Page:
High-profile cases on the Supreme Court docket

. Aug 03, 2020
High-profile cases on the Supreme Court docket Brazil's Supreme Court building. Photo: Diego Grandi/Shutterstock

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This week, we’re covering the eventful return from vacation of Brazil’s Supreme Court. And the worst month of the year for politicians is just starting.

Brazilian courts back from vacation with explosive cases ahead

The Brazilian Justice system resumes its activities today, as its July recess comes to an end. And many high-profile cases will now be heard before the Supreme Court and the Superior Court of Justice — Brazil’s two highest judicial bodies.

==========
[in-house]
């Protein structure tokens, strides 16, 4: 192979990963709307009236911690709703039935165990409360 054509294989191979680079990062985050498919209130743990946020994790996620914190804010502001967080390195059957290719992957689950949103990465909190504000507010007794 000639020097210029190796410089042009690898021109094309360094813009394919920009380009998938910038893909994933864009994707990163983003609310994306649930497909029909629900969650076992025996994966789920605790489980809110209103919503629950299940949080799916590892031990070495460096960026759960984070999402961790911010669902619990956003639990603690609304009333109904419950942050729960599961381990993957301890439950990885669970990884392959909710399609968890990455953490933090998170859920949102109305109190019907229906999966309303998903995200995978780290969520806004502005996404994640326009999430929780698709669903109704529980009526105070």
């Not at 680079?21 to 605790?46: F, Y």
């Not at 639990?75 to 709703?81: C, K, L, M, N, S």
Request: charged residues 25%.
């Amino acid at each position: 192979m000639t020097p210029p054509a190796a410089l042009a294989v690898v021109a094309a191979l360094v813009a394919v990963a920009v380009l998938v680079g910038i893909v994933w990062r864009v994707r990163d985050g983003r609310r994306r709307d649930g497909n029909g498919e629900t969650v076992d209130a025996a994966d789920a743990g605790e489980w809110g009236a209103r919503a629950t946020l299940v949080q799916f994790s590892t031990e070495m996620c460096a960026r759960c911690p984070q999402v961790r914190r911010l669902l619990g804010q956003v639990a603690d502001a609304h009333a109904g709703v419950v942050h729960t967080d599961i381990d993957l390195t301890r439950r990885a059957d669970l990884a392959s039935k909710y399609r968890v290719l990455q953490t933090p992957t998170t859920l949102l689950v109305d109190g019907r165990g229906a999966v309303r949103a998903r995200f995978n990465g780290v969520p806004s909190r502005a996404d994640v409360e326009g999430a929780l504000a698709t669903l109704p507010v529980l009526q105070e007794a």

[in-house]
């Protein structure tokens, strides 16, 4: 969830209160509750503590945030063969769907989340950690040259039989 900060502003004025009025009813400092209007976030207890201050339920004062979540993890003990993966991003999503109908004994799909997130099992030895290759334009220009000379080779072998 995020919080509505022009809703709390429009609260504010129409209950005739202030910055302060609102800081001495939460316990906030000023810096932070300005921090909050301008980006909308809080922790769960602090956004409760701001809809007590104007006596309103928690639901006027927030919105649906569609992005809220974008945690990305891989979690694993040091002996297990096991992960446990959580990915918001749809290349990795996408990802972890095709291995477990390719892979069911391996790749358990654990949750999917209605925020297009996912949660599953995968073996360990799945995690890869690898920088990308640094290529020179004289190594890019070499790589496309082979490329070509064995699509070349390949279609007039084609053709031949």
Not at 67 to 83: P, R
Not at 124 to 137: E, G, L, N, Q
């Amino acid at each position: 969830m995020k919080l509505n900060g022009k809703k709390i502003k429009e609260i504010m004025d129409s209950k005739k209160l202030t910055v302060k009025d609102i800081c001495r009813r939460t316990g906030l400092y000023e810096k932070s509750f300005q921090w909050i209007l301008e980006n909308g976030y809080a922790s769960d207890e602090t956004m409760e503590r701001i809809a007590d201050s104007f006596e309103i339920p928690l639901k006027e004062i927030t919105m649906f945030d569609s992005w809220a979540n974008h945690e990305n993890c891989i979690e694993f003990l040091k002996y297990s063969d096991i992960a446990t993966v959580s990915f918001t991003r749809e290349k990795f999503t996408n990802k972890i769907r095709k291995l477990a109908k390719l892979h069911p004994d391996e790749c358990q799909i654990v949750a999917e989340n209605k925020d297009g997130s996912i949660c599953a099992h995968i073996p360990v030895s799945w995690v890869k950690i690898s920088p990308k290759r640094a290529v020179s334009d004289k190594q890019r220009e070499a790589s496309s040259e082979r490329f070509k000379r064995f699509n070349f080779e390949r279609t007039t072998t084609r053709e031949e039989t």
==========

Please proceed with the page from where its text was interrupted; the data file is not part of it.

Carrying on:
</p> <p><strong>Why it matters.</strong> Upcoming trials have the potential to trigger several crises for the government, directly concerning President Jair Bolsonaro, his family, and his allies. Here are some of the cases:</p> <ul><li><strong>Meddling with the Feds.</strong> The investigation into whether Mr. Bolsonaro illegally tried to tamper with federal probes continues — and the Supreme Court will rule on whether or not he must testify. That could spark a new rift between the Executive and Judiciary branches —&nbsp;a rocky relationship that had calmed in recent weeks.</li><li><strong>Fake news.</strong> The probe on the use of illegal underground fake news rings continues at full throttle (more below), and investigators are zeroing in on the president&#8217;s inner circle.</li><li><strong>Money laundering.</strong> The Superior Court of Justice will decide on whether or not Fabrício Queiroz — a key figure in a money-laundering investigation against Senator Flávio Bolsonaro —&nbsp;shall return to prison or remain on house arrest. The case&#8217;s rapporteur has denied 97 percent of habeas corpus requests. Plus, the Supreme Court will decide if the president&#8217;s son can enjoy legal prerogatives given to elected officials in special circumstances, or if the case should go to lower courts.</li><li><strong>Car Wash.</strong> The Supreme Court will decide on the disqualification of Sergio Moro in the Operation Car Wash cases he judged. After it was revealed that the former judge quarterbacked prosecutors — which he must not do — former President Luiz Inácio Lula da Silva asked that his corruption convictions be voided, as Mr. Moro was the presiding judge on his case.</li></ul> <p><strong>Changes ahead. </strong>In September, the Supreme Court will have a new chief justice, Luiz Fux. The change is part of the court&#8217;s rotation system, and happens every two years. Mr. Fux is expected to be much less friendly to Mr. Bolsonaro than the incumbent Dias Toffoli has been. Moreover, while Justice Toffoli is considered an anti-Car Wash judge, Justice Fux is the opposite.</p> <ul><li>On November 1, Justice Celso de Mello will turn 75 and thus reach compulsory retirement. He will be replaced by a justice chosen by President Bolsonaro.</li></ul> <hr class="wp-block-separator"/> <h2>A &#8220;mad-dog&#8221; month for a mad-dog year commences</h2> <p>According to the folklore of Brazilian politics, August is a particularly dreadful month. It is nicknamed the “Month of the Mad Dog” because, apparently, Brazil’s climate in the middle of the year causes female dogs to be in heat, thus driving male dogs crazy. While there are many modern examples of political turbulence in the month, the &#8216;curse&#8217; is believed to date back to colonial times. August was traditionally the month where 15th and 16th century explorers would leave European shores to find new lands abroad, risky endeavors that many never returned from.</p> <p><strong>Why it matters.</strong> In Brazilian politics, the Month of the Mad Dog has thrown up a surprising number of twists and turns for decades now. And it&#8217;s not like 2020 hasn&#8217;t hit Brazil and the world hard enough in its first seven months.</p> <p><strong>History.</strong> Call it a coincidence, but August does have a bad track record:</p> <ul><li><strong>1954.</strong> On August 24, under pressure to resign and fearing a coup d&#8217;état, then-President Getulio Vargas killed himself in the presidential palace with a gunshot to his chest.</li><li><strong>1961.</strong> On August 25, Jânio Quadros decided to resign from the presidency after just a few months in office —&nbsp;a failed self-coup. Mr. Quadros hoped that Congress and voters would not let him step down, and give him extra powers to govern. It didn&#8217;t work and sparked an institutional crisis that culminated in the 1964 military coup.</li><li><strong>1969.</strong> Field Marshal Artur da Costa e Silva, the second president of the dictatorship, became incapacitated by a stroke on August 31. The Armed Forces&#8217; so-called &#8220;hard-line&#8221; prevented civilian Vice President Pedro Aleixo from taking office, giving power to a junta of the heads of the three military forces instead. Four months later, the government passes the infamous AI-5 — the harshest piece of legislation of the dictatorship period, inaugurating Brazil&#8217;s so-called &#8220;Years of Lead.&#8221;</li><li><strong>1976.</strong> Juscelino Kubistchek, the former president known for having created the capital city Brasília, died in a August 22 car crash. Many believe he was in fact assassinated by the military government, after two other high-profile opponents of the regime died in suspicious circumstances that same year.</li><li><strong>1992.</strong> Cornered by scandals, Fernando Collor — the first democratically elected president after the dictatorship — asked voters to take to the streets on August 16, wearing yellow and green in support of him. They wore black instead, demanding his ousting and triggering an impeachment process.</li><li><strong>2014.</strong> Presidential candidate Eduardo Campos died in an August 13 plane crash.</li><li><strong>2016.</strong> After being suspended from office by the House in May, Dilma Rousseff was finally removed by the Senate early on August 31. The entire process was a highly controversial, divisive affair, with Brazilians split between those who said Ms. Rousseff’s strategy to mask public deficits just before her re-election campaign was undemocratic (which it was), and those saying that Congress removed her on jumped-up charges as a pretext to install a right-wing coalition in power (which also was true).</li></ul> <p><strong>Bolsonaro.</strong> In his first August as president, Jair Bolsonaro faced a global image crisis sparked by the increase in Amazon fires. However, he made it to September reasonably unscathed. Now, with the end of the government&#8217;s coronavirus emergency salary looming, will he be able to do that again?</p> <hr class="wp-block-separator"/> <h2>Markets</h2> <p>IRB Brasil RE, Latin America&#8217;s biggest reinsurance group, has informed markets of the postponement of its Q2 earnings report, from August 14 to 28. The company has had a terrible 2020, with <a href="https://brazilian.report/business/2020/03/06/stocks-lies-scandal-warren-buffet-irb-brasil/">accusations of doctoring profitability reports</a> and lying to the market — which led to comparisons with the 1990s Enron scandal —&nbsp;and a 92-percent drop in net profits in Q1 2020. Since the beginning of the year, IRB Brasil RE&#8217;s stock dropped 78 percent.</p> <hr class="wp-block-separator"/> <h2>The coronavirus becomes more lethal in Brazil</h2> <p>According to the Health Ministry’s official figures, July was the deadliest month since the coronavirus arrived in Brazil, late in February. At least 32,912 Brazilians died last month, taking the total tally to over 94,000. However, due to underreporting, the real figures are probably much higher. Still, coronavirus deaths in Brazil over the last month alone outnumbered the entire death tolls for several countries that have been badly hit by the pandemic, such as France (30,135), Spain (28,445), or Russia (14,128). Experts say only <a href="https://brazilian.report/society/2020/07/13/four-months-brazil-coronavirus-data-explain-outbreak/">mass testing</a> will reduce death rates in Brazil.</p> <div class="flourish-embed flourish-chart" data-src="visualisation/3363134" data-url="https://flo.uri.sh/visualisation/3363134/embed"><script src="https://public.flourish.studio/resources/embed.js"></script></div> <hr class="wp-block-separator"/> <h2>Looking ahead</h2> <ul><li><strong>Taxes.</strong> President Jair Bolsonaro said on Sunday that he has authorized Economy Minister Paulo Guedes to go ahead with his proposal to create a <a href="https://brazilian.report/business/2019/09/11/cpmf-economy-ministry-central-bank-new-tax/">new tax on financial transactions</a> — something the president has spoken out against several times in the past. Mr. Bolsonaro added that the new levy would have to replace a tax that is already in place — most likely payroll tax — but the idea is not popular among members of Congress … and even less so among voters.</li><li><strong>Interest rates. </strong>The Central Bank&#8217;s Monetary Policy Committee will establish Brazil&#8217;s new benchmark interest rate on Wednesday. Due to a lower-than-expected inflation rate, analysts expect yet another cut — from 2.25 to just 2 percent a year, which would be another <a href="https://brazilian.report/coronavirus-brazil-live-blog/2020/06/17/brazilian-central-bank-slashes-interest-rate-eyeing-recovery/">all-time low</a>. Markets will be holding out for the meeting&#8217;s minutes to be published, which will indicate if more cuts are on the horizon.</li><li><strong>Telecoms.</strong> Oi Telecom&#8217;s agreement for exclusive talks with Highline over the <a href="https://brazilian.report/tech/2020/07/31/will-covid-19-consolidate-brazil-shift-e-government/">sale of the former&#8217;s mobile telephony infrastructure</a> expires today. The latter — controlled by global investment fund Digital Colony — must top the BRL 16.5-billion bid made by a consortium of the top three telecom companies in Brazil —&nbsp;Vivo, TIM, and Claro. Highline, however, isn&#8217;t inclined to do so and is expected to drop out of the bidding.</li><li><strong>Trade. </strong>Members of the U.S. House Foreign Affairs Committee will investigate allegations that the country&#8217;s ambassador to Brasília, Todd Chapman, is framing trade policies with Brazil in a partisan manner in order to help Donald Trump&#8217;s re-election campaign. Mr. Chapman is lobbying for Brazil to lift tariffs on U.S. ethanol, reportedly arguing that it would give Mr. Trump an important trade win, which would bode well with voters. Per a media <a href="https://blogs.oglobo.globo.com/lauro-jardim/post/embaixador-dos-eua-faz-lobby-no-governo-por-etanol-americano.html">report</a>, Mr. Chapman &#8220;highlighted the <a href="https://brazilian.report/podcast/2020/07/22/biden-trump-what-changes-brazil-latin-america/">importance of Mr. Trump&#8217;s re-election for the Jair Bolsonaro administration</a>.&#8221; Last week, the ambassador <a href="https://brazilian.report/newsletters/brazil-daily/2020/07/30/5g-united-states-big-stick-diplomacy-brazil-ban-huawei/">warned that if Brazil doesn&#8217;t ban China&#8217;s Huawei from its 5G grid</a>, it would face &#8220;consequences.&#8221; These pressures come as a Gallup study shows that <a href="https://brazilian.report/newsletters/brazil-daily/2020/07/28/us-image-problem-latin-america-environment-infrastructure/">approval of U.S. leadership in Latin America</a> is on par with sentiment in favor of Germany, China, and Russia.</li></ul> <hr class="wp-block-separator"/> <h2>In case you missed it</h2> <ul><li><strong>Social media. </strong>Facebook said on Saturday it has enforced a worldwide block on certain accounts connected to President Jair Bolsonaro staffers — flagged by the Supreme Court as illegal spreaders of false information with political purposes. On Friday, Justice Alexandre de Moraes penalized the social media company after it only blocked the accounts for IP addresses located in Brazil, dishing out a BRL 1.92 million (USD 367,000) fine. Facebook said it will appeal the decision, which, in its opinion, goes outside of &#8220;the limits of [Brazilian courts&#8217; jurisdiction].&#8221; Freedom of speech advocates warn that the court&#8217;s crackdown on &#8216;fake news&#8217; opens a <a href="https://brazilian.report/power/2020/07/28/fake-news-crackdown-opens-dangerous-precedent-for-censorship/">dangerous precedent for censorship of unwanted content</a>.</li><li><strong>Energy.</strong> On Saturday, state-owned power company Eletrobras announced plans to invest BRL 6 billion per year until 2035 to expand its electricity generation and transmission. That amount could double if the government is successful in privatizing Eletrobras, reported the company, in a securities filing.</li><li><strong>Infrastructure.</strong> Privatizing Eletrobras will be hard, however. In 2020, of the government&#8217;s 16 priority infrastructure projects, only one passed in Congress: the new legal framework for basic sanitation. The rest stalled, in part because of emergency votes on coronavirus-related matters, but also because Congress&#8217; new remote work routine has halted progress of issue-based committees.</li><li><strong>Banking.</strong> André Brandão, head of global banking and markets for the Americas at HSBC in the country, has reportedly accepted an invitation to become the new chief executive officer at state-controlled lender Banco do Brasil. Incumbent Rubem Novaes announced his resignation a week and a half ago.</li><li><strong>Aviation. </strong>Latam Airlines, the top aviation group in Latin America, announced it will fire &#8220;at least&#8221; 2,700 workers in a statement — and opened a voluntary redundancy program on Friday. With 43,000 employees worldwide, Latam has filed for Chapter 11 bankruptcy protection in the U.S., and hopes to restructure USD 18 billion in debt. The aviation industry has been ravaged by the coronavirus — which makes the announcement of a new airline in Brazil, Nella, owned by a Panama-based group, all the more puzzling. Reporter Renato Alves <a href="https://brazilian.report/business/2020/07/19/amid-pandemic-mysterious-airline-set-to-launch-in-brazil/">told that story</a>.</li><li><strong>Spying.</strong> Justice Minister André Mendonça has faced heat after a report revealed that his department created a secret dossier with information about almost 600 civil servants and law enforcement agents monitored for being self-declared &#8220;anti-fascists.&#8221; Days later, a <a href="https://brazilian.report/power/2020/08/01/is-bolsonaro-launching-his-own-private-intelligence-agency/">presidential decree enhanced the powers of the Brazilian Intelligence Agency</a> (Abin).